Fortunately, by just adding a little Fill Light, we can easily even out the entire tone of the photo. If we’d just upped the Exposure, the sky would’ve ended up too bright before the ground got light enough. Have I mentioned how much I love this feature?

However, now that the photo is evened out, it could still use a little Exposure boost.

That’s better. Now the photo is certainly brighter, but it also got a little flat. There’s no pop. No pizzazz. Increasing the Exposure can do that to a photo.

Therefore, whenever I crank up the Exposure, I usually increase the Blacks as well. Blacks darkens the shadows in the photo for rich contrast and depth. Ahh. Life is restored.

And since Sky = Vibrance…

This is where the magic really happens, folks.


Isn’t this a dramatic before & after? Thanks to Fill Light I was able to salvage what normally would’ve been a tragic outtake.



Now let’s see what Fill Light and Recovery can do when working together. You’ve seen that Fill Light lightens the areas of photos that are dark with shadows. Now let’s see how Recovery can help bring back definition to the lighter, over-exposed areas for an overall even tone.

Straight Out Of Camera (SOOC)

Yikes! Atrocious lighting here. Just ghastly. But it’s not as if I could say, “Ah, excuse me Mr. Peacock, would you mind stepping into this shade for me? That’s right, now tiiiilt.. Look at me… Got it! Thanks!”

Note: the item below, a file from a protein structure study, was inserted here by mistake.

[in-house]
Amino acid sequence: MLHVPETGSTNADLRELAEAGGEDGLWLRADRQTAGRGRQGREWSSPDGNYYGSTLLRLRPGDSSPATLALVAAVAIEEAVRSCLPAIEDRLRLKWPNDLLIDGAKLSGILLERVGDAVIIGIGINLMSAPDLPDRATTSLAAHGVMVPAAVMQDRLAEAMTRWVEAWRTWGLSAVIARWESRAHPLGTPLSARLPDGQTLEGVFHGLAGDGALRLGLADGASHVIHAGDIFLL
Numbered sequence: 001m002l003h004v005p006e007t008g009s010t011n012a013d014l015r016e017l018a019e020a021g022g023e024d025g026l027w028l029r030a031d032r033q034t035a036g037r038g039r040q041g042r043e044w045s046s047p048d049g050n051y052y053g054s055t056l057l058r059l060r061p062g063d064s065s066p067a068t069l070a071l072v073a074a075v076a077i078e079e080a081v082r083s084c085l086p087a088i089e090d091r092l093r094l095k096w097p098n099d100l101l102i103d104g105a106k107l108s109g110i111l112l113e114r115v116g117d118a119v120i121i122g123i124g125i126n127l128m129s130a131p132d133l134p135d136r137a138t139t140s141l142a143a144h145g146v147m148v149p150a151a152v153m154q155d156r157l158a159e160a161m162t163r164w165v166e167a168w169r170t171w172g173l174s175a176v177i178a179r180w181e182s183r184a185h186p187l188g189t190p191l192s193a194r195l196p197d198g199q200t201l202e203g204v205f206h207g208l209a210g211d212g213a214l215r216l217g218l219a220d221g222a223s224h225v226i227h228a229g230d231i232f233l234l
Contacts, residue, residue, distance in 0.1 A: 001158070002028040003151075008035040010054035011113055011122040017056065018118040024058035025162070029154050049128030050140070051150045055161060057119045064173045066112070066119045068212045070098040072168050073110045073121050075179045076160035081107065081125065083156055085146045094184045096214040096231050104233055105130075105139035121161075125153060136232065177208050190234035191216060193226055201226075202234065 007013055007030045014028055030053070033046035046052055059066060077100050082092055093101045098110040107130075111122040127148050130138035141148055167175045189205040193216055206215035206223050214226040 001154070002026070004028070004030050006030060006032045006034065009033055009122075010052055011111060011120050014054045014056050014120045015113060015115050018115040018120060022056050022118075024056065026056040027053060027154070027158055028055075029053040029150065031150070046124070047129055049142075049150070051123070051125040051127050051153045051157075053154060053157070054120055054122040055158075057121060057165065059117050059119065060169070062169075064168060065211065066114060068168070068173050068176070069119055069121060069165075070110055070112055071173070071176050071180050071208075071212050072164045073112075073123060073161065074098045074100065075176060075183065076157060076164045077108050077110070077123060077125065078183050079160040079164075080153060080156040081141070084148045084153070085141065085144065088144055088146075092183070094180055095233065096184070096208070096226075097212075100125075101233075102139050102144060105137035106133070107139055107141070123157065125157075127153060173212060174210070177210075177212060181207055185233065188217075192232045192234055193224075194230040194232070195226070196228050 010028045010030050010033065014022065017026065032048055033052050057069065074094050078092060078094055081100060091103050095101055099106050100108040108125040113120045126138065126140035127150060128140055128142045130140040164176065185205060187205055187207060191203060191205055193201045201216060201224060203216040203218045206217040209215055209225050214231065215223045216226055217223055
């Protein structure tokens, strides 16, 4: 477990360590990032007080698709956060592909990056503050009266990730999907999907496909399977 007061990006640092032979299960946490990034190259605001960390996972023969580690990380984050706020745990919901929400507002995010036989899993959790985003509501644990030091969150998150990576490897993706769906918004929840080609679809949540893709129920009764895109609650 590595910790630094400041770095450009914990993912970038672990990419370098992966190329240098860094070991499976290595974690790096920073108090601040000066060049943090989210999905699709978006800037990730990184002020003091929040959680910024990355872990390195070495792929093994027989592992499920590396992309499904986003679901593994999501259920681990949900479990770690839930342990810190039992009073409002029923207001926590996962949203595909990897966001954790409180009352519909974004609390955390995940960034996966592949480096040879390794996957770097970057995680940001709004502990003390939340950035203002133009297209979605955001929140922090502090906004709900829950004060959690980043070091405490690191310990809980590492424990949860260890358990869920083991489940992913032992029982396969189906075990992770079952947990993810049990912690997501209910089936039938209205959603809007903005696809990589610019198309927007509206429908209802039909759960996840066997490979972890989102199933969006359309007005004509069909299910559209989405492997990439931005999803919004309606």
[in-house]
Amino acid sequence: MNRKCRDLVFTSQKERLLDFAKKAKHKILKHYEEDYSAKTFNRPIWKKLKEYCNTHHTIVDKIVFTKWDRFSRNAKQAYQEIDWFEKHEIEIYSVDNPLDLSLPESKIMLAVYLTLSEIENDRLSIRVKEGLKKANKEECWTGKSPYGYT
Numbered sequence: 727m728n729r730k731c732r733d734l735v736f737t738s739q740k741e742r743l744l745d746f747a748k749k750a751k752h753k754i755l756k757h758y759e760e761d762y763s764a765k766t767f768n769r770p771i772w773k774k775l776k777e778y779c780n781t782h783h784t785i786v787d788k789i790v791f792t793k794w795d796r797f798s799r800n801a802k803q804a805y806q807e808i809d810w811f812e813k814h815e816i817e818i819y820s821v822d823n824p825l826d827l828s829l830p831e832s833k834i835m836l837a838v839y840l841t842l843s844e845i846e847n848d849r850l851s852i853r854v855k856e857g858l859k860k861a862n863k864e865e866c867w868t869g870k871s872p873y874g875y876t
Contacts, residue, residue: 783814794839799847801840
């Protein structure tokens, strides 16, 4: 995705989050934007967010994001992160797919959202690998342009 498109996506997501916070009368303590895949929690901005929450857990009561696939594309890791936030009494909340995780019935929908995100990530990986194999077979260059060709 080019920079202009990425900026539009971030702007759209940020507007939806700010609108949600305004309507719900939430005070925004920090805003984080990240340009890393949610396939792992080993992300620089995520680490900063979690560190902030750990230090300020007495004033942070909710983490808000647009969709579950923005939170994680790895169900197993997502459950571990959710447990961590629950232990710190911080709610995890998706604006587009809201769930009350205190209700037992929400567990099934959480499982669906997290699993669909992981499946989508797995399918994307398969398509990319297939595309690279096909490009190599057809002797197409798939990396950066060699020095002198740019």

Not really.

The first thing I did was correct the over-exposed areas in the photo by adjusting the Recovery.

Next I used Fill Light to brighten the shadows to even out the lighting in the photo.

Now all this photo needs is a little Vibrance and Saturation to go from flop to fab!


It may not be flawless lighting, but it’s a lot better than what we started out with, right?? I always look for nice, soft lighting, but unfortunately, sometimes harsh lighting can’t be helped. Thanks to Fill Light & Recovery, now I don’t stress out about it as much.


Noise Reduction

This is a new feature in Lightroom 3. It’s another tool that can fix a bad lighting situation. If you’ve got terribly dim lighting, are forced to bump up your ISO, then end up with an abundance of unpleasant grain in your photo, Noise Reduction can take care of that for you.

Straight Out Of Camera (SOOC)

Let’s start out with this photo. A not-too-remarkable beach sunset. We’ll to work our way up to the Noise Reduction in this photo.

I started out by adjusting the Fill Light and Blacks.

Next I manually adjusted the White Balance. Since there was nothing really white to click on with the White Balance Dropper, I manually dragged the Temp & Tint sliders.

It needed a lot more blue, so I decreased the Temp. It was also a little too green for my liking, so I increased the tint. Now this is all very subjective, so just drag and play until you like what you see.

This may look a little blue now, but Vibrance and Saturation, always warms the photo up a bit.

Now the photo is gorgeous with color, but if you look closely at the sky, you can see a little noise and grain has appeared. Now let’s put Lightroom’s Noise Reduction to work.